Use this URL to cite or link to this record in EThOS: http://ethos.bl.uk/OrderDetails.do?uin=uk.bl.ethos.602709
Title: Motion planning for multiple autonomous vehicles
Author: Kala , Rahul
Awarding Body: University of Reading
Current Institution: University of Reading
Date of Award: 2013
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Abstract:
Unorganized traffic is characterized by the vehicles not adhering to the marked lanes, and is a reality in various countries like India. Such traffic can lead to higher traffic efficiency when the vehicles are diverse in sizes and speed capabilities - a factor currently absent in most countries. Autonomous driving technology can lead to application specialized vehicles which may introduce diversity into the presently organized traffic, necessitating a shift to unorganized traffic. Technology also has the potential to make the entire transportation system more efficient. Given a map produced by vision systems, the outcome of motion planning is then responsible for all vehicle decisions, which includes a mechanism to avoid static obstacles and other vehicles. This " planning needs to be cooperatively performed between vehicles. This is handled by the coordination mechanism. Communication, if available (in an autonomous vehicles only scenario), enables the deployment of a common planning algorithm distributed across the vehicles thereby resulting in better coordination. The literature on autonomous vehicles largely assumes lanes, while the literature on mobile robots lacks the notions of overtaking and vehicle following. This thesis takes popular algorithms from the mobile robotics literature, models them as per traffic scenarios, embeds in them the notions of overtaking and vehicle following as heuristics for faster and better planning, and analyzes all the algorithms hence produced. The study is broadened to the intelligent management of transportation systems with intelligent agents performing in diverse traffic. The thesis also considers a typical city road infrastructure for which an efficient routing strategy is devised which can lead to congestion avoidance. Cities may witness a large number of vehicles and a limited road infrastructure and hence the problem of vehicle scheduling is studied. The transportation system is made cooperative to enable all vehicles to reach their destination on time.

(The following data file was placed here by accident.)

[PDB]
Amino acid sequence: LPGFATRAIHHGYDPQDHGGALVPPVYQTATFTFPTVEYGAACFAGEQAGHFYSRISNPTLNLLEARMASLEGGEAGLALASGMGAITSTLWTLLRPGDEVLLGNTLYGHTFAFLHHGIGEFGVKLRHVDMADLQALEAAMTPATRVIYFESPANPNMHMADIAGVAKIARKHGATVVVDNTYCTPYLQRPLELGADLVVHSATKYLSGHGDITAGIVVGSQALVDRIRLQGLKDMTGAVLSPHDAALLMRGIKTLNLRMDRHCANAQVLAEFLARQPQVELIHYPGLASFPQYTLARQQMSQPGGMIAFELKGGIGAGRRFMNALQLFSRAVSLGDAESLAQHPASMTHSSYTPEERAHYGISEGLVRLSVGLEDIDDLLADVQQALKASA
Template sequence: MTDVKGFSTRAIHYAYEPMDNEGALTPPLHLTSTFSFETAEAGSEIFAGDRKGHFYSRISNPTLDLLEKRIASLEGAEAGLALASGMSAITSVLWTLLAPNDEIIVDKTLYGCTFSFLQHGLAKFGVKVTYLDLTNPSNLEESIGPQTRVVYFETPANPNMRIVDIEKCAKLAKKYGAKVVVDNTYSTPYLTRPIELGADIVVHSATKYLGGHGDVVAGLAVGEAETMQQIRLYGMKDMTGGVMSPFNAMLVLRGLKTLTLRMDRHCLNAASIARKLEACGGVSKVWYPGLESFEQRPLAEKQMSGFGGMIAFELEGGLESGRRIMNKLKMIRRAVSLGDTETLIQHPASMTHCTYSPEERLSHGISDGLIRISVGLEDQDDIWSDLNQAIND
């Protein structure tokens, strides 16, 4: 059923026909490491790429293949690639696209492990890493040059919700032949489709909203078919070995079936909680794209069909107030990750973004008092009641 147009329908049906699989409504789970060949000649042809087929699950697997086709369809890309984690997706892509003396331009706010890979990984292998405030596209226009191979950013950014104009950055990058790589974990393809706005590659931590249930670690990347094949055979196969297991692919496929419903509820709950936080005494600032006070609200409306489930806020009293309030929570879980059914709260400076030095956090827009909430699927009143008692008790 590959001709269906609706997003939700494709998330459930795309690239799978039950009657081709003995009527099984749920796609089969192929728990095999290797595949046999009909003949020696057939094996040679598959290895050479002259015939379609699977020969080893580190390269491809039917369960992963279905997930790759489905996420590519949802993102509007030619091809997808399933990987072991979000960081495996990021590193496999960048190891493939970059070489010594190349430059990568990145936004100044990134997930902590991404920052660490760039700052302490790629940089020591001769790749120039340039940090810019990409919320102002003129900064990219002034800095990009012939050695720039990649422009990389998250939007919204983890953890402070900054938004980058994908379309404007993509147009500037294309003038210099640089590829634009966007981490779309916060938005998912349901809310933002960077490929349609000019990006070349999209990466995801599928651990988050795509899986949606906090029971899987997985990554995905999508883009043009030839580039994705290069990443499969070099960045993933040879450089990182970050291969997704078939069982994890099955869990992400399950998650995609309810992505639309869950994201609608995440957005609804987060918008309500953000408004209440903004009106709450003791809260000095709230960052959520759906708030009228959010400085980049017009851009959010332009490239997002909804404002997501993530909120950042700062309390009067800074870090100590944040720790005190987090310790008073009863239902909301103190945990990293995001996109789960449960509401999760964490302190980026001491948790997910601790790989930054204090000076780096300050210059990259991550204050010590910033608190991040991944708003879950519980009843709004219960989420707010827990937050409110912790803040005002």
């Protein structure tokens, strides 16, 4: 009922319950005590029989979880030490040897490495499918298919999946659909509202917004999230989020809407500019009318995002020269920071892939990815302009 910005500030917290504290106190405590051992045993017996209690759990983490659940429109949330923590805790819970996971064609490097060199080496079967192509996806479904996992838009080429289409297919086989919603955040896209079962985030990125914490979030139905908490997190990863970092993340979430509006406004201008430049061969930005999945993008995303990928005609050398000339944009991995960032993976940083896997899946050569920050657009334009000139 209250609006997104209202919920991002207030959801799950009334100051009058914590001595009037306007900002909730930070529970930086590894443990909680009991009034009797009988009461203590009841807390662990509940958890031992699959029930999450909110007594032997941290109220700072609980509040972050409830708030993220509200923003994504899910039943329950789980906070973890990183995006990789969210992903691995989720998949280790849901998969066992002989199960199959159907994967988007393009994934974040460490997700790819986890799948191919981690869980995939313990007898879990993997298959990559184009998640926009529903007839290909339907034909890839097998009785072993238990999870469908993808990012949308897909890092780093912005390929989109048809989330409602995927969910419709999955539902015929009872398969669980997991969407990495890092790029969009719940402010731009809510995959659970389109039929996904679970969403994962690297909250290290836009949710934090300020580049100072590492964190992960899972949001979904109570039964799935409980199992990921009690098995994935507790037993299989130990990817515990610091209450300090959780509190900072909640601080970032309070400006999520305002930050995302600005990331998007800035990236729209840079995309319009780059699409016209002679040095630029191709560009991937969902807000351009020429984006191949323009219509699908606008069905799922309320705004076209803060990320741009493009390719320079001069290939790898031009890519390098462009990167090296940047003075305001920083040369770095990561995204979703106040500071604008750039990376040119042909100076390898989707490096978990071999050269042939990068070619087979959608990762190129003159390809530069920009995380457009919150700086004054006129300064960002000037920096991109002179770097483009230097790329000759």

Supervisor: Not available Sponsor: Not available
Qualification Name: Thesis (Ph.D.) Qualification Level: Doctoral
EThOS ID: uk.bl.ethos.602709  DOI: Not available
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